As a handbook it should be used by the student throughout his four years in high school in every course. Every teacher in the school should insist that in each subject of the curriculum the processes of definition, statement, and argumentation outlined here should be exactly practiced in the student's reading recitation, discussion, and examination for that subject. In this way the transfer of training can be made explicit and effective.
On the other hand this work is also a textbook to assist in the learning of these logical processes. The most appropriate place for its use is in the customary English courses. Here it will not replace the customary material but it will serve as a guide for teacher and student in using material to develop the liberal arts.
The Theology of Priesthood includes ten essays that explore facets of ordained ministry and the ministerial priesthood. Paul Philibert, OP, begins with an overview of issues involved in the contemporary discussion on priesthood within the Roman Catholic tradition. Frank Quinn, OP, addresses the significance of language as it pertains to priesthood and ministry and how language is manifested in rites of ordination. Thomas O'Meara, OP, situates the discussion on priesthood within the context of an expansion of ministry in the Church since Vatican II and the implications of this expansion for ministry in the future.
Stephen DeLeers articulates a theology of priesthood grounded in Vatican II and post-Vatican II documents which focuses on the primacy of preaching. Thomas Rausch, SJ, then takes up the issue of diversity within ministerial priesthood as he reflects on priesthood within the context of apostolic religious life. Jack Risley, OP, returns to the question of the relationship between ordained ministry and lay ministry.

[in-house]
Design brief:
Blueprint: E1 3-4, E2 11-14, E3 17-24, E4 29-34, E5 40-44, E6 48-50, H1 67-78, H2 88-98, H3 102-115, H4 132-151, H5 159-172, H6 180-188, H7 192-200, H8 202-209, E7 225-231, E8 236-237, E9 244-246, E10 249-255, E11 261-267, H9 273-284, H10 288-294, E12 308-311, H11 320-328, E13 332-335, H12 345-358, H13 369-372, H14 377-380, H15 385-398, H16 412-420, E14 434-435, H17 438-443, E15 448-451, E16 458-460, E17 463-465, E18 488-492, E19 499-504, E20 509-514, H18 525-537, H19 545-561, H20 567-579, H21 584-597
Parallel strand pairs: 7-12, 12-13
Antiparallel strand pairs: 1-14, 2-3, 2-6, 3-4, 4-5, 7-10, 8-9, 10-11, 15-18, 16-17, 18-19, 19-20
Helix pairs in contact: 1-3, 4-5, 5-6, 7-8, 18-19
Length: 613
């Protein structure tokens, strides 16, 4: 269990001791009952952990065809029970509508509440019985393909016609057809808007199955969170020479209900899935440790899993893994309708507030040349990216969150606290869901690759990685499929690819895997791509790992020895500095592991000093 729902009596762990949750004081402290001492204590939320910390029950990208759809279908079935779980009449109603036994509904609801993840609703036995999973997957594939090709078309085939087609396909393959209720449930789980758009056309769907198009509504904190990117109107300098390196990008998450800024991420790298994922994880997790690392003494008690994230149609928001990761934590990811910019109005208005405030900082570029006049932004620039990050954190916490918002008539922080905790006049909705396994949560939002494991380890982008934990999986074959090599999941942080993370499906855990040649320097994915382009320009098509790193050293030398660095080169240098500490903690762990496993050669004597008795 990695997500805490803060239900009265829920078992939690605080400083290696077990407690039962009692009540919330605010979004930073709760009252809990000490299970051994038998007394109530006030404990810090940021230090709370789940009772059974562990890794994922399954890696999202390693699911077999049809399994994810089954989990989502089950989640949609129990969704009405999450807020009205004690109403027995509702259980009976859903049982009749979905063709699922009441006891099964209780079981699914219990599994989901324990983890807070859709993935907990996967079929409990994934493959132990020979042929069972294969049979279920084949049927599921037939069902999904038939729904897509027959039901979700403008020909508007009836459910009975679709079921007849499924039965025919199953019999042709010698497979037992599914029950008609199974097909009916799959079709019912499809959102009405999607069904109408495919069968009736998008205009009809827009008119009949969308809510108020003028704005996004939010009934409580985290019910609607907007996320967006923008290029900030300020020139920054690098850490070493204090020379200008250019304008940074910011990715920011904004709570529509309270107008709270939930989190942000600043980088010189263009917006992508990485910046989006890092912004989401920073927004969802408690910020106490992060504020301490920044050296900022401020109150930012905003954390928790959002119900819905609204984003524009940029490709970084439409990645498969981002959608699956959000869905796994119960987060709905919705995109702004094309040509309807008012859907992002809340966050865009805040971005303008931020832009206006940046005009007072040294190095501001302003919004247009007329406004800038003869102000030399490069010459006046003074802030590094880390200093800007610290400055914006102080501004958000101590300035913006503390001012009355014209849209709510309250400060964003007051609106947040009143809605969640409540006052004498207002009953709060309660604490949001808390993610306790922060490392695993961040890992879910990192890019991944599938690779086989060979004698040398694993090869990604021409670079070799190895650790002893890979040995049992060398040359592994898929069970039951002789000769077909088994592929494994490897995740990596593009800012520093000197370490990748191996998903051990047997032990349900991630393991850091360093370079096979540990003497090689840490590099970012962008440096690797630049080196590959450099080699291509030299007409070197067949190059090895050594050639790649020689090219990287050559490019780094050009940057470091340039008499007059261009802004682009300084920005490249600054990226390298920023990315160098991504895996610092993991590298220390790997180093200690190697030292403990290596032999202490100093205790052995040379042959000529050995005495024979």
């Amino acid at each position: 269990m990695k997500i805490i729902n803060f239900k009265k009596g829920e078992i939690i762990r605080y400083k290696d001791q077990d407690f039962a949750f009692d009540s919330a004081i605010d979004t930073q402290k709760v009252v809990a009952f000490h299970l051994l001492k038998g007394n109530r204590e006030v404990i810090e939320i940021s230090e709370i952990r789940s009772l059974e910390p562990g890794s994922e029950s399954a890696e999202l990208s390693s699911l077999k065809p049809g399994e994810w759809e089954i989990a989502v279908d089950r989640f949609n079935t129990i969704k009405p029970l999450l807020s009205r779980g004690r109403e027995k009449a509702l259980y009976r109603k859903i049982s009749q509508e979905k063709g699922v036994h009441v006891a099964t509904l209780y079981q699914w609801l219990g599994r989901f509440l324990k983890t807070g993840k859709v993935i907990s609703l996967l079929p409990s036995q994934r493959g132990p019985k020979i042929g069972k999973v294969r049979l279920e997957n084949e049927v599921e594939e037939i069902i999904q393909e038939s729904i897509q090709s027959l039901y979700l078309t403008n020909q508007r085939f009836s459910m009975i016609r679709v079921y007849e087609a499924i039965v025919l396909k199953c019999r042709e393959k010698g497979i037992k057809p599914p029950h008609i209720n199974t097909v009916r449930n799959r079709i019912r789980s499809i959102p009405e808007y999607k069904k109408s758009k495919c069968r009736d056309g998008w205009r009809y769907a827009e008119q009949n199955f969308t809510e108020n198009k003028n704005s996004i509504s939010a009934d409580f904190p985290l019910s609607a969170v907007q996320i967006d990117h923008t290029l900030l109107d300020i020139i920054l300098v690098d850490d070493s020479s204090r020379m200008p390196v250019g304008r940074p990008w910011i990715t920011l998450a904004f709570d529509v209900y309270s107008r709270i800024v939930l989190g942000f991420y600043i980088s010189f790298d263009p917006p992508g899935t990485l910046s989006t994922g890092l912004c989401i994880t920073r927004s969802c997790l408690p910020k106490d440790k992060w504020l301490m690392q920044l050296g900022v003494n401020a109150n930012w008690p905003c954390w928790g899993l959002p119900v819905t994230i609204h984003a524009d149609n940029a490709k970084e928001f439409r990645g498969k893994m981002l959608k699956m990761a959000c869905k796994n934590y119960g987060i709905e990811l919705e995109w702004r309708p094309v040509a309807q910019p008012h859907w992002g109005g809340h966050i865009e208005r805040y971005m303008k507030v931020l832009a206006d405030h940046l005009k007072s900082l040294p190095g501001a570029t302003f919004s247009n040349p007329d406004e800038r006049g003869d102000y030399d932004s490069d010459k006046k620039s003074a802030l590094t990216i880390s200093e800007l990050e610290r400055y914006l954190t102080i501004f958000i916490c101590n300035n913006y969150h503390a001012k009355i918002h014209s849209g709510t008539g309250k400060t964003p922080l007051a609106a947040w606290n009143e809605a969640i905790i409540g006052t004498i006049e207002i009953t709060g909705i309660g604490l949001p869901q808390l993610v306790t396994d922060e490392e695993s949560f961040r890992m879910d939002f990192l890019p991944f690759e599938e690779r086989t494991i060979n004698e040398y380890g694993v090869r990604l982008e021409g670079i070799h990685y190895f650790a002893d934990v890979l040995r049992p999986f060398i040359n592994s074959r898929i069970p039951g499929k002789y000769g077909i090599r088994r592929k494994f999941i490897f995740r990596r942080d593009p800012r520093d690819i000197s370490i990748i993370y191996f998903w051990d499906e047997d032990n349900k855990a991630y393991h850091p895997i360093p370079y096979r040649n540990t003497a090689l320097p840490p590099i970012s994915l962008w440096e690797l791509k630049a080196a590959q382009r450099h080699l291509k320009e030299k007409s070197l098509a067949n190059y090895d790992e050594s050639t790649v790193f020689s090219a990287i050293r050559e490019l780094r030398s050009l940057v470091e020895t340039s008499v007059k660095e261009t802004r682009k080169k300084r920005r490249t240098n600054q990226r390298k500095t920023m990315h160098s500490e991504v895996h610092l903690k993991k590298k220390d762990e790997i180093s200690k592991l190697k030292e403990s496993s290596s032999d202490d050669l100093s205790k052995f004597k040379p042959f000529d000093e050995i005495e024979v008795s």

The final three articles reflect on ordained ministry from distinctive perspectives. Benedict Ashley, OP, takes the Letter to the Hebrews as his starting point. Paul Wesche looks at priesthood through the lens of an Eastern Orthodox priest. Donald Goergen, OP, asks what insights African theology, specifically African Christology, might offer a contemporary Catholic theology of priesthood. Paul Philibert, OP, provides a concluding reflection.
Donald J. Goergen, OP, is a preacher, teacher, lecturer, author, and theologian who taught systematic theology for many years. He was also previously the provincial for the Dominican friars of the Central Province. He is the editor of A Theology of Jesus series, and Being a Priest Today published by Liturgical Press.
This fifth edition, which includes important contributions by Jean deBlois, C.S.J., considers everyday ethical questions and dilemmas in clinical care and deals more deeply with issues of women's health, mental health, sexual orientation, artificial reproduction, and the new social issues in health care. The authors devote special attention to the various ethical theories currently in use in the United States while clearly presenting a method of ethical decision making based in the Catholic tradition. They discuss the needs of the human person, outlining what it means to be human, both as an individual and as part of a community.
This volume has been significantly updated to include new discussions of recent clinical innovations and theoretical issues that have arisen in the field:
• the Human Genome Project• efforts to control sexual selection of infants• efforts to genetically modify the human genotype and phenotype• the development of palliative care as a medical specialty• the acceptance of non-heart beating persons as organ donors• embryo development and stem cell research• reconstructive and cosmetic surgery• nutrition and obesity• medical mistakes• the negative effects of managed care on the patient-physician relationship• recent papal allocution regarding care of patients in a persistent vegetative state and palliative care for dying patients